Herpes Zoster or Shingles: An Old "Friend"
As if it were an old “friend”, herpes zoster is the adult manifestation of a virus we most likely suffered from as a child – the chickenpox virus. This classic childhood infection returns strongly in more than 75% of cases, although this time it has changed.
This virus surprises us with some manifestations known under the name of shingles. It’s a virus that takes advantage of the fast path of the body’s nerves to remain in our bodies. We’ll take a look at its causes and effects, as well as the appropriate treatment to control it and some recommendations.
Herpes zoster: resistance
In our early childhood, most people experience the famous chicken pox pustules.
In fact, it’s estimated that by the age of 10, 90% of the population has had this infection. Some cultures have the tradition of bringing kids with the virus together so that they go through the disease “in a controlled way”, in order to avoid its subsequent appearance in adulthood.
However, this virus is famous for its insistence, and, in search of a survival strategy, it seeks shelter in the nerve ganglia. These are hard-to-reach spots for defenses, and the virus tends to stay there as a “silent resident”.
It isn’t until years later that the herpes zoster virus ends its hibernation, taking advantage of the lowering of the body’s defenses. It’s at that moment that, instead of returning to the blood and creating the classic manifestation of chickenpox, it decides to move through the rapid channels of the peripheral nerves.
It especially affects the ganglia of the spinal cord, so its favorite highways are the nerves of the costal area and back. On some occasions, it can lodge in the facial ganglia, producing its annoying effects on the nerves in this area.
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Once reactivated, the virus travels through the nerves, irritating them and causing pain. A burning, stabbing, stinging pain covers the initial period of 2-3 days. All this is accompanied by fever and malaise, typical of an immune system that is defending itself.
However, it doesn’t stop there, and the virus continues to multiply, depleting the nerves and working its way up to the skin. In this way, it creates a classic belt-shaped rash, with vesicles filled with fluid (and viruses!). Thus, it receives the famous nickname of shingles on its way through the nerves.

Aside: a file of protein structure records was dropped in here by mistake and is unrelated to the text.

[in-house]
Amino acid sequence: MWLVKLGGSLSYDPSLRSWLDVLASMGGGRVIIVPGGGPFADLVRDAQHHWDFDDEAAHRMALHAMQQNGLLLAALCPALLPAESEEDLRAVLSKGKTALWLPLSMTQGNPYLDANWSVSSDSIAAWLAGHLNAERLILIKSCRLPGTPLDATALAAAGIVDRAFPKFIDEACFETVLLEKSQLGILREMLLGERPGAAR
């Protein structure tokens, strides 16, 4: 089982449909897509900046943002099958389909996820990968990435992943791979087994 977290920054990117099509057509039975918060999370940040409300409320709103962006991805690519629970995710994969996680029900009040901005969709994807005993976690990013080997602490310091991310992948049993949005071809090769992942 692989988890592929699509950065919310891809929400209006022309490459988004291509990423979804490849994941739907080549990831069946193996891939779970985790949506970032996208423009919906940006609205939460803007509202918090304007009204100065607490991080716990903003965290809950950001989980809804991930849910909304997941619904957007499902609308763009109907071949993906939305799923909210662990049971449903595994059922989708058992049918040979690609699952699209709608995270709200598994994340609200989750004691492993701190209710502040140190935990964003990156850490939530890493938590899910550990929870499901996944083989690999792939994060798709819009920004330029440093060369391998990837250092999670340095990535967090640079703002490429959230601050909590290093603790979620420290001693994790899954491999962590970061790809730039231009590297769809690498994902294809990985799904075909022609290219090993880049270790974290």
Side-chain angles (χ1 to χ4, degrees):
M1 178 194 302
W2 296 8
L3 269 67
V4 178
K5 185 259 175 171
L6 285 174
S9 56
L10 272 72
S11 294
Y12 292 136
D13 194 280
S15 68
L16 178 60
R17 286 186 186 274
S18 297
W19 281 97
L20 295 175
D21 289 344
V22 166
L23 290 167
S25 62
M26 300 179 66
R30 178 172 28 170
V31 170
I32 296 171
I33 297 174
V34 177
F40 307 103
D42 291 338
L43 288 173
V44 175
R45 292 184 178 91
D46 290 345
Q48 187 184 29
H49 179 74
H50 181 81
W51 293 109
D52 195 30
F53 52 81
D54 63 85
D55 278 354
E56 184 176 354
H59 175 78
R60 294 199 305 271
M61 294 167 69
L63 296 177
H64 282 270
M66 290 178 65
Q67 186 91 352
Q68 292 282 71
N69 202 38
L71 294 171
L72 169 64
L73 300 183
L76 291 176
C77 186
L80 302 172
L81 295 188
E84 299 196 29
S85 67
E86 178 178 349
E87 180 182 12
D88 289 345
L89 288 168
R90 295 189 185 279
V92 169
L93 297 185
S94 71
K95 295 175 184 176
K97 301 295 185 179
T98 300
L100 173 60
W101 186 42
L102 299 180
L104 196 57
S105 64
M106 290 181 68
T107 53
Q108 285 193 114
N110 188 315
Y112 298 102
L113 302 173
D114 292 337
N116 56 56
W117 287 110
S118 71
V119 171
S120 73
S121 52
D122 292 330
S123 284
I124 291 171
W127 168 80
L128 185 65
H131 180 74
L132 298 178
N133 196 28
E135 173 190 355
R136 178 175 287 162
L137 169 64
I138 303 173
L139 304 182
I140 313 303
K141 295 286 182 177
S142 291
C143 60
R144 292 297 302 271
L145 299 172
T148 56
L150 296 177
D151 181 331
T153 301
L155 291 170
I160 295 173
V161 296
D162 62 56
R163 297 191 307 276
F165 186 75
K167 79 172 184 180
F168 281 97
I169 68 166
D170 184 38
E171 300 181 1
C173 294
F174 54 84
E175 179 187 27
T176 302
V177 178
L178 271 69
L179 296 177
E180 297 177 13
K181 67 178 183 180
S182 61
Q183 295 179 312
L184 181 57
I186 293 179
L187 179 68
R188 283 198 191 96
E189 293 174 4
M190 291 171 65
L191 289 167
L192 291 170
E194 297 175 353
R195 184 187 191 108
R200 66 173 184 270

Complications appear when the virus takes the facial route, and it can affect the jaw, palate, tonsils, and even eyes and ears. Even if the virus has decided to opt for wider and more complex pathways, it can take the path of the central nervous system, manifesting meningitis and motor paralysis in the most complex cases.
In general, this whole process can take up to 10 days, although the total recovery of the skin can take up to 4 weeks, and nerve pain or neuralgia last for months.
It’s estimated that the prevalence of this disease is higher after 50 years of age. The virus takes advantage of elusive defenses to develop, which is why the elderly are especially susceptible, where persistent neuralgia are more frequent.
Pregnant women are highly susceptible, with the possibility of pregnancy complications. In addition, people who haven’t contracted chickenpox or who aren’t vaccinated against it should be especially cautious. The blisters have most of the viral load to transmit the disease.
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Treatment and prevention of shingles
The treatment of choice for shingles is to apply effective antivirals and pain relievers.
Among the most widely used antivirals, oral acyclovir is the treatment par excellence. We also have others such as valaciclovir, and even brivudine is being studied for its greater efficacy and simpler dosing regimen compared to their respective cycloviruses.
If the treatment is applied in the first 72 hours, the progress and sequelae of the disease are significantly reduced, especially regarding neuralgia.
Maintaining a healthy lifestyle, based on a balanced diet and frequent physical activity, will help maintain strong defenses and prevent the spread of the virus.
On the other hand, there’s a vaccine for people at high risk: the elderly and pregnant women. In addition, vaccinating against chickenpox in those who have not suffered from it will be a way to prevent the spread of this disease.
The annoying manifestations of this infection can be avoided if we apply some strategies such as:
- Hygiene: We should wash our clothes and shower with soaps that don’t contain scents or perfumes. In this way, we will avoid increasing the irritation that occurs in this disease.
- Comfortable clothing: Loose, cotton clothing will reduce the discomfort caused by the disease.
- No creams or powders: We must avoid the application of creams to avoid skin irritation, as well as use those that the doctor has prescribed.
- Strengthen defenses: Helping the immune system fight viruses is the best defense and attack strategy.
Finally, remember that properly following the treatment prescribed by the doctor is necessary in order to prevent possible sequelae. Vaccination is an effective strategy in the highest risk cases, both for herpes zoster and chickenpox. If you have any questions about the disease or its treatment, consult your doctor or pharmacist.It might interest you...